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Lloyd Humberstone [68]L. Humberstone [4]
  1. Lloyd Humberstone, Equivalential Interpolation.
    By a consequence relation on a set L of formulas we understand a relation I — c p(L) x L satisfying the conditions called 'Overlap', 'Dilution', and 'Cut for Sets' at p.15 of [25]; we do not repeat the conditions here since we are simply fixing notation and the concept of a consequence relation is well known in any case. (The characterization in [25] amounts to that familiar from Tarski's work, except that there is no 'finitariness' restriction to the effect (...)
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  2. Lloyd Humberstone, On the BCI-Admissibility of an 'Abelian' Rule.
    Am(B m B). Specifically I was wondering whether for every BCI-provable formula A there is a B for which the inset formula was provable. If you want to read about this issue, which I..
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  3. Lloyd Humberstone, Weaker-to-Stronger Translational Embeddings in Modal Logic.
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  4. Lloyd Humberstone, How Not to Think About Modal Definability: A Modal Axiom From G. E. Hughes.
    In a 1990 paper, George Hughes axiomatized the logic determined by the class of all frames in which each point has a reflexive successor, and raised various questions along the way, one of which is answered incorrectly here by means of an interestingly fallacious argument.
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  5. Lloyd Humberstone, The Consequence Relation of Tautological Entailment is Maximally Relevant: Answering a Question of Graham Priest.
    Graham Priest has asked whether the consequence relation associated with the Anderson–Belnap system of Tautological Entailment,1 in the language with connectives ¬, ∧, ∨, and countably many propositional variables as tomic formulas, maximal amongst the substitution-invariant relevant consequence relations on this language. Here a consequence relation is said to be relevant just in case whenever for a set of formulas Γ and formula B, we have Γ B only if some propositional variable occurring in B occurs in at least one (...)
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  6. Lloyd Humberstone (forthcoming). Plural Logic, by Alex Oliver and Timothy Smiley. Australasian Journal of Philosophy:1-4.
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  7. Lloyd Humberstone (forthcoming). Sentence Connectives in Formal Logic. Stanford Encyclopedia of Philosophy.
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  8. Lloyd Humberstone (2013). Aggregation and Idempotence. Review of Symbolic Logic 6 (4):680-708.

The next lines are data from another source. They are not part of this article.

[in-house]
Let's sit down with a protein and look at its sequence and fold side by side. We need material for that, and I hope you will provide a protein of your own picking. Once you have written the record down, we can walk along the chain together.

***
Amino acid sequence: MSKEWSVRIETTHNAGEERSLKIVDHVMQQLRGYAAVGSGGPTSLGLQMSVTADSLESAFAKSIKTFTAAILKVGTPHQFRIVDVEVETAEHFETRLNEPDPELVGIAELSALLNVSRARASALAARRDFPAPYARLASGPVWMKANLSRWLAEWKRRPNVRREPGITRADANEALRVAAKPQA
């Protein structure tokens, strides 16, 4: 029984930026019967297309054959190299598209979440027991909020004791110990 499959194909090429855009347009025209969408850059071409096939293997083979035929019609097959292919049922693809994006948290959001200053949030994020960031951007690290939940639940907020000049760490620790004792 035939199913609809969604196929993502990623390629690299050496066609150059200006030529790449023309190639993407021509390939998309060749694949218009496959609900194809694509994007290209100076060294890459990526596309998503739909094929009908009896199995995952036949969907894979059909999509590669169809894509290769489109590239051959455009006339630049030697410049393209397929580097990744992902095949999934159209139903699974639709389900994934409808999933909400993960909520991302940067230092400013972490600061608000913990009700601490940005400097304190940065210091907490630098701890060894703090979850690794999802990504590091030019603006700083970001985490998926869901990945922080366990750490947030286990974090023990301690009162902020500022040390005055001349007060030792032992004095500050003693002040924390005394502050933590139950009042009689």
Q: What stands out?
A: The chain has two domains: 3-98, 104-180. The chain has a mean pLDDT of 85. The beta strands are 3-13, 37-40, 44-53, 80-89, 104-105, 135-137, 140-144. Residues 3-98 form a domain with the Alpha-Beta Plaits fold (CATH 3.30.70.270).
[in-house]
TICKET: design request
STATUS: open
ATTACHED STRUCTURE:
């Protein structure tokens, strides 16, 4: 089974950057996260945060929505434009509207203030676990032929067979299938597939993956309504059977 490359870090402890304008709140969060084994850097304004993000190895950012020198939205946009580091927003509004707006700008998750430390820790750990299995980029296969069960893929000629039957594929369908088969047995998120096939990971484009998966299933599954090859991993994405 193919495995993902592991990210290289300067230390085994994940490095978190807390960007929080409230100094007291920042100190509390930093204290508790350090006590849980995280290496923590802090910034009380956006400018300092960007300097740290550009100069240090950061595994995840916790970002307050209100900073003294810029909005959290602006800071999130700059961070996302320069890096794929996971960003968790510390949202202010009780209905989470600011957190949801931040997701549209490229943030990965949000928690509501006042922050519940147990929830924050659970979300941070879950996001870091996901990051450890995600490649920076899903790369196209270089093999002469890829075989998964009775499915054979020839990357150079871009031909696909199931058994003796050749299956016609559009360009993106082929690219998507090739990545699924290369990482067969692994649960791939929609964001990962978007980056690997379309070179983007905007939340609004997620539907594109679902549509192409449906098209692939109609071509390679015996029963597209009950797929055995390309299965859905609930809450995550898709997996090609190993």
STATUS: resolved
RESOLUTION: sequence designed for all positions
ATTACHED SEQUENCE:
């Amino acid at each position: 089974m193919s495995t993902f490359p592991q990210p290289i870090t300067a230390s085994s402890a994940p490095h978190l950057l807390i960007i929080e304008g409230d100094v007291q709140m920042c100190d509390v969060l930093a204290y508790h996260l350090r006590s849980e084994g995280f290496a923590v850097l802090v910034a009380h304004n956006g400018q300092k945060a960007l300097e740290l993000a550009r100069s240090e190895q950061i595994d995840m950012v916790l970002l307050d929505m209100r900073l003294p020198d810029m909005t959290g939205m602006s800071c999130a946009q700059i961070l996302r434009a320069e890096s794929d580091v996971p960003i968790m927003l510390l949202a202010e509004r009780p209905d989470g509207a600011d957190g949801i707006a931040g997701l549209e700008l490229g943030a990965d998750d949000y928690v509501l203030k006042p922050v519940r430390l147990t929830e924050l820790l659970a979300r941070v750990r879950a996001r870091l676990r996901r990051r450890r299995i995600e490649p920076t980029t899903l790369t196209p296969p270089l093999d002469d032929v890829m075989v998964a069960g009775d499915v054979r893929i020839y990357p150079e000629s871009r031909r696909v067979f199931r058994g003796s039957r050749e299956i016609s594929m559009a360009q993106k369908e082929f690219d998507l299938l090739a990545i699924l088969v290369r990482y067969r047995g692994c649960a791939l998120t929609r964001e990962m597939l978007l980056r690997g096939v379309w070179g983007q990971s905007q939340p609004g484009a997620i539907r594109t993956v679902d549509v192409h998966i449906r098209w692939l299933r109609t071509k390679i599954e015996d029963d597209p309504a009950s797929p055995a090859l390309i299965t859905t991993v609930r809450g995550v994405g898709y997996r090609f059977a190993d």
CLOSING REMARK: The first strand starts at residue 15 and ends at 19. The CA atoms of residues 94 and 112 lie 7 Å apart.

A 1-ary sentential context is aggregative (according to a consequence relation) if the result of putting the conjunction of two formulas into the context is a consequence (by that relation) of the results of putting first the one formula and then the other into that context. All 1-ary contexts are aggregative according to the consequence relation of classical propositional logic (though not, for example, according to the consequence relation of intuitionistic propositional logic), and here we explore the extent of this (...)
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  9. Lloyd Humberstone (2013). Inverse Images of Box Formulas in Modal Logic. Studia Logica 101 (5):1031-1060.
    We investigate, for several modal logics but concentrating on KT, KD45, S4 and S5, the set of formulas B for which ${\square B}$ is provably equivalent to ${\square A}$ for a selected formula A (such as p, a sentence letter). In the exceptional case in which a modal logic is closed under the (‘cancellation’) rule taking us from ${\square C \leftrightarrow \square D}$ to ${C \leftrightarrow D}$ , there is only one formula B, to within equivalence, in this inverse image, (...)
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  10. Lloyd Humberstone (2013). Logical Relations. Philosophical Perspectives 27 (1):175-230.
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  11. Lloyd Humberstone (2013). Replacement in Logic. Journal of Philosophical Logic 42 (1):49-89.
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  12. Lloyd Humberstone (2013). Zolin and Pizzi: Defining Necessity From Noncontingency. Erkenntnis 78 (6):1275-1302.
    The point of the present paper is to draw attention to some interesting similarities, as well as differences, between the approaches to the logic of noncontingency of Evgeni Zolin and of Claudio Pizzi. Though neither of them refers to the work of the other, each is concerned with the definability of a (normally behaving, though not in general truth-implying) notion of necessity in terms of noncontingency, standard boolean connectives and additional but non-modal expressive resources. The notion of definability involved is (...)